Furthermore, examining his biography I regard him as having a notorious tendency to diverge from objectivity to idiotic arm-waving provocativity (which is in discord with the Wikipedia policies promoting a dry neutrality), especially in American politics. Rursus dixit. (mbork3!) 12:11, 12 October 2010 (UTC)

I'd have to say that I think the intro should be more clear in the stances of the Church today. I think that it should be clear in stating that the Church fully supports the discoveries and theories of science, as it believes that all can be seen to be the work of God. Maybe even throw in a mention of how the Church accepts the Big Bang Theory as well as evolution. I feel that too many people instantly assume Catholics are the 'craziest' of Christians, and having the Church's stance on science explained in a clear and concise sentence in the introduction would help alleviate these public misunderstandings. —Preceding unsigned comment added by (talk) 17:44, 13 April 2011 (UTC)

The state of the article[edit]

The article is so-so. The true truth is that the Catholic Church have both stimulated science and made some very grave maldecisions undermining its own authority, most notably the Bruno and Galileo affairs. The article contains most of this, but the intro is misleading: the introduction of cathedral schools and academia was due to the need of priestly education – it was inspired by the similar islamic educational institutes – but the intro gives the impression that the Catholic Church brought forth almost all science, which is a deeply anachronistical misinterpretation, most science emerges today on secular universities. The article needs however less fixing than the first ridiculous impression: a WP:NPOV discourse explaining the development, clashes and science promotions from RCC to modern science. A few impressive astronomy examples are Piazzi, Lacaille and Angelo Secchi. A little but influential minority in astronomy science. Rursus dixit. (mbork3!) 16:45, 11 October 2010 (UTC)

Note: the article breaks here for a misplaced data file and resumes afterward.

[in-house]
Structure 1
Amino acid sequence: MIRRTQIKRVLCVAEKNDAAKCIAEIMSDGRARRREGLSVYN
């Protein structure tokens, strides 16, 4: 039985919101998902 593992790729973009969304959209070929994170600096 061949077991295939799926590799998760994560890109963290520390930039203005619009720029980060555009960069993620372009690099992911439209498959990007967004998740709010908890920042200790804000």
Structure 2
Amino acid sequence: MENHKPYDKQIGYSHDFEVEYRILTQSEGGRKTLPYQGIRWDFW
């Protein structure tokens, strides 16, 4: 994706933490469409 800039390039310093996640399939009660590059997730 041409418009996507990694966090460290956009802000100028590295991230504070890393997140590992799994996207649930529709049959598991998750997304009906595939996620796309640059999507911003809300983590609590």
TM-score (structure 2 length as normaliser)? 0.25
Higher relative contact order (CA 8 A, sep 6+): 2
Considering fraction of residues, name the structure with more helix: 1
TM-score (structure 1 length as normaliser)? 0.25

I reordered the intro and added one initial para that I believe is a crude sketch of the history of Catholic science, which I believe is:
1100-1600: Catholic Church brought forth the education institutes and promoted science under controlled conditions,
1600-1700: the Catholic Church lost its controlling grip on science almost entirely, in some pretty grave clashes,
1700-2100: the Catholic Church adapted to reality and returned to its supporting stance, while also being somewhat paralleled by Lutheran, Calvinist and Anglican denominations, however some literalist believers of mostly protestant character partook in (futile) confrontations against science
Rursus dixit. (mbork3!) 09:27, 12 October 2010 (UTC)
And I forgot: in the 19th and 20th centuries, the new idiosyncratic religion (or cult) of Human-ethicism (a.k.a. Positivism) emerged to erect mandatory atheism as the state religion of West. They perused obsoleted history writings, some morals of "mandatory" thinking from Logical Positivism, i.e. anti-metaphysics, anti-obscurantism and the concept of "demarcation border" to create an aggressive culture of we-and-them-thinking. This religion heavily used the Galileo and Bruno affairs to declare religion evil, and this religion had some moderate influence amongst scientists, mostly physicists. Rursus dixit. (mbork3!) 09:44, 12 October 2010 (UTC)
This line seems exceedingly odd "Originally most research took place in Roman Catholic universities that were staffed by members of religious orders." Most research? Where? On the European mainland in a very narrow timeframe? Seems to entirely ignore the contributions from Asian and Middle Eastern scholars, many of which were a) earlier (technology, astronomy, mathematics) or b) instrumental to aiding Western thought (in particular the contributions of ME scholars translating the classics. There is also a category error made in the assumption that because research was conducted in Catholic institutions that this necessarily has anything to do with Catholic support for science. Academic work in general (in this narrow timeframe on the European mainland and in certain countries) was de facto conducted by people who professed the Catholic faith. Since to do otherwise would have been "career suicide" for the personages involved. Nrubdarb (talk) 06:59, 7 April 2011 (UTC)